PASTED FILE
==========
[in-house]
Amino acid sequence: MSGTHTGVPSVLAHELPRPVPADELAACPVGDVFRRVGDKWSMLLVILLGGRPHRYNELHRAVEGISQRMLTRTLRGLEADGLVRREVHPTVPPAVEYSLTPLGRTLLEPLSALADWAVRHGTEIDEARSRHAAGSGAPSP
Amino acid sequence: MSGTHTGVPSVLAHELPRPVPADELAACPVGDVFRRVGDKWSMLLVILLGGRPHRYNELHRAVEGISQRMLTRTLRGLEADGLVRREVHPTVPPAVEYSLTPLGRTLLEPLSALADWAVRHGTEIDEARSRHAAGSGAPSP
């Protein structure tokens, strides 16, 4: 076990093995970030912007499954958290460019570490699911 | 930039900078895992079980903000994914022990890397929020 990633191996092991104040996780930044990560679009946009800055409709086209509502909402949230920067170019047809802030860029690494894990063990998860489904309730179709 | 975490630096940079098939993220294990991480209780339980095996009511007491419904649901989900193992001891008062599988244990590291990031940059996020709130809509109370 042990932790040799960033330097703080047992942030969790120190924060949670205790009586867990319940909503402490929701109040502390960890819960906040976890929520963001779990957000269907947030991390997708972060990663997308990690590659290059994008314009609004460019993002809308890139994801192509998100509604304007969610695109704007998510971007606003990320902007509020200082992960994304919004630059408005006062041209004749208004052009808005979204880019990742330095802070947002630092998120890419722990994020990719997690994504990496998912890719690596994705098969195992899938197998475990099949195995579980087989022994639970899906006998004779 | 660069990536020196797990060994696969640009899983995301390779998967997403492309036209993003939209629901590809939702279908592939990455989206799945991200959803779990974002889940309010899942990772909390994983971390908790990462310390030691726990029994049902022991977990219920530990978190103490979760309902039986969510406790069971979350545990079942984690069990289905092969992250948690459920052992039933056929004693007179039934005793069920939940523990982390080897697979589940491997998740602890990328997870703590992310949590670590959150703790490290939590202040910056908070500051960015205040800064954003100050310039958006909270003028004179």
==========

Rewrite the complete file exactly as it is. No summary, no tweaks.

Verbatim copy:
[in-house]
Amino acid sequence: MSGTHTGVPSVLAHELPRPVPADELAACPVGDVFRRVGDKWSMLLVILLGGRPHRYNELHRAVEGISQRMLTRTLRGLEADGLVRREVHPTVPPAVEYSLTPLGRTLLEPLSALADWAVRHGTEIDEARSRHAAGSGAPSP
Amino acid sequence: MSGTHTGVPSVLAHELPRPVPADELAACPVGDVFRRVGDKWSMLLVILLGGRPHRYNELHRAVEGISQRMLTRTLRGLEADGLVRREVHPTVPPAVEYSLTPLGRTLLEPLSALADWAVRHGTEIDEARSRHAAGSGAPSP
């Protein structure tokens, strides 16, 4: 076990093995970030912007499954958290460019570490699911 | 930039900078895992079980903000994914022990890397929020 990633191996092991104040996780930044990560679009946009800055409709086209509502909402949230920067170019047809802030860029690494894990063990998860489904309730179709 | 975490630096940079098939993220294990991480209780339980095996009511007491419904649901989900193992001891008062599988244990590291990031940059996020709130809509109370 042990932790040799960033330097703080047992942030969790120190924060949670205790009586867990319940909503402490929701109040502390960890819960906040976890929520963001779990957000269907947030991390997708972060990663997308990690590659290059994008314009609004460019993002809308890139994801192509998100509604304007969610695109704007998510971007606003990320902007509020200082992960994304919004630059408005006062041209004749208004052009808005979204880019990742330095802070947002630092998120890419722990994020990719997690994504990496998912890719690596994705098969195992899938197998475990099949195995579980087989022994639970899906006998004779 | 660069990536020196797990060994696969640009899983995301390779998967997403492309036209993003939209629901590809939702279908592939990455989206799945991200959803779990974002889940309010899942990772909390994983971390908790990462310390030691726990029994049902022991977990219920530990978190103490979760309902039986969510406790069971979350545990079942984690069990289905092969992250948690459920052992039933056929004693007179039934005793069920939940523990982390080897697979589940491997998740602890990328997870703590992310949590670590959150703790490290939590202040910056908070500051960015205040800064954003100050310039958006909270003028004179």